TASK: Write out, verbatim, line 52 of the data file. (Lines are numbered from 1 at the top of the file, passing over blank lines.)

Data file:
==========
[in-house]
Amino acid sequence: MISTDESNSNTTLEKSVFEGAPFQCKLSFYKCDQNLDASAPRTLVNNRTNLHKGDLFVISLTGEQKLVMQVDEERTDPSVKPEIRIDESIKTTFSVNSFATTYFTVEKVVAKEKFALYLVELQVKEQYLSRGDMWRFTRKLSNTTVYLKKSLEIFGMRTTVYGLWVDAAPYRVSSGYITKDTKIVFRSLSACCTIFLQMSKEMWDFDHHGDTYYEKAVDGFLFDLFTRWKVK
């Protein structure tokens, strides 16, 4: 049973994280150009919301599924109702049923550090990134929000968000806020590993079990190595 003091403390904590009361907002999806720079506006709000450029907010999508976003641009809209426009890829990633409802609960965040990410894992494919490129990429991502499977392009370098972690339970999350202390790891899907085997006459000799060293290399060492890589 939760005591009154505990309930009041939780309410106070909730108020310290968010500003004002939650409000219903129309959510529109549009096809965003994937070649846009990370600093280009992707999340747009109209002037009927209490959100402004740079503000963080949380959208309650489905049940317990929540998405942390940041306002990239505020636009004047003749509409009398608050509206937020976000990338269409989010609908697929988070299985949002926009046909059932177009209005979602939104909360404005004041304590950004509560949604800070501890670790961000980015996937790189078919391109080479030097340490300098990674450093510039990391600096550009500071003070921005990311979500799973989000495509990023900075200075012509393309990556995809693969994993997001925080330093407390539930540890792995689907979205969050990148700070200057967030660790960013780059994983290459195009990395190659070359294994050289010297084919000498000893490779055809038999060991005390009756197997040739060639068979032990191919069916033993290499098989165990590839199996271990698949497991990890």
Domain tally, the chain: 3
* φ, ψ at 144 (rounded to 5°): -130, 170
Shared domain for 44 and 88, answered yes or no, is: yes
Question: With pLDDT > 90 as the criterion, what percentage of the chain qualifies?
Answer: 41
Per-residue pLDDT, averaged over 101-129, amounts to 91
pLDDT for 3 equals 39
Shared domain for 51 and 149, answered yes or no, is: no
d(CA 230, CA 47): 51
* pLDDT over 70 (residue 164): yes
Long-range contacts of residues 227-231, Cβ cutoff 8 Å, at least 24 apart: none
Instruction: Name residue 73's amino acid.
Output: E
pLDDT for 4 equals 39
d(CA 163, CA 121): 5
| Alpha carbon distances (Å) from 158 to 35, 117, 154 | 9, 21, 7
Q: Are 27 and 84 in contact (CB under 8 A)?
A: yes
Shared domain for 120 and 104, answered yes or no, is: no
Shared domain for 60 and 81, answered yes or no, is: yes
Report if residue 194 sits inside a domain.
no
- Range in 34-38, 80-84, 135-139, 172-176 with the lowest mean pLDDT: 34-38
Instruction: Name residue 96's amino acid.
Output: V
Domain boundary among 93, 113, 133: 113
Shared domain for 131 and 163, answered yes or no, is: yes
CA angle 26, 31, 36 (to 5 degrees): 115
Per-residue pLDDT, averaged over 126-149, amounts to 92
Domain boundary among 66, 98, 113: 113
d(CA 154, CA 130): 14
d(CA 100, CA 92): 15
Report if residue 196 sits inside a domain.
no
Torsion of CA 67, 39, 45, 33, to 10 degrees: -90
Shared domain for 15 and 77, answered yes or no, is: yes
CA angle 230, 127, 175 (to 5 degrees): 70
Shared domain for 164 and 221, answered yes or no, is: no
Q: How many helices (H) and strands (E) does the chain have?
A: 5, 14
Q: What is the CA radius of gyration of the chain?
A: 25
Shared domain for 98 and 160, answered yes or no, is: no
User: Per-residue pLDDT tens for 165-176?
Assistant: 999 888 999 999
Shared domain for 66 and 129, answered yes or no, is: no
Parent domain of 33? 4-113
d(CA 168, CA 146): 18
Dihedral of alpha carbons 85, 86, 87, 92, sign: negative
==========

Dihedral of alpha carbons 85, 86, 87, 92, sign: negative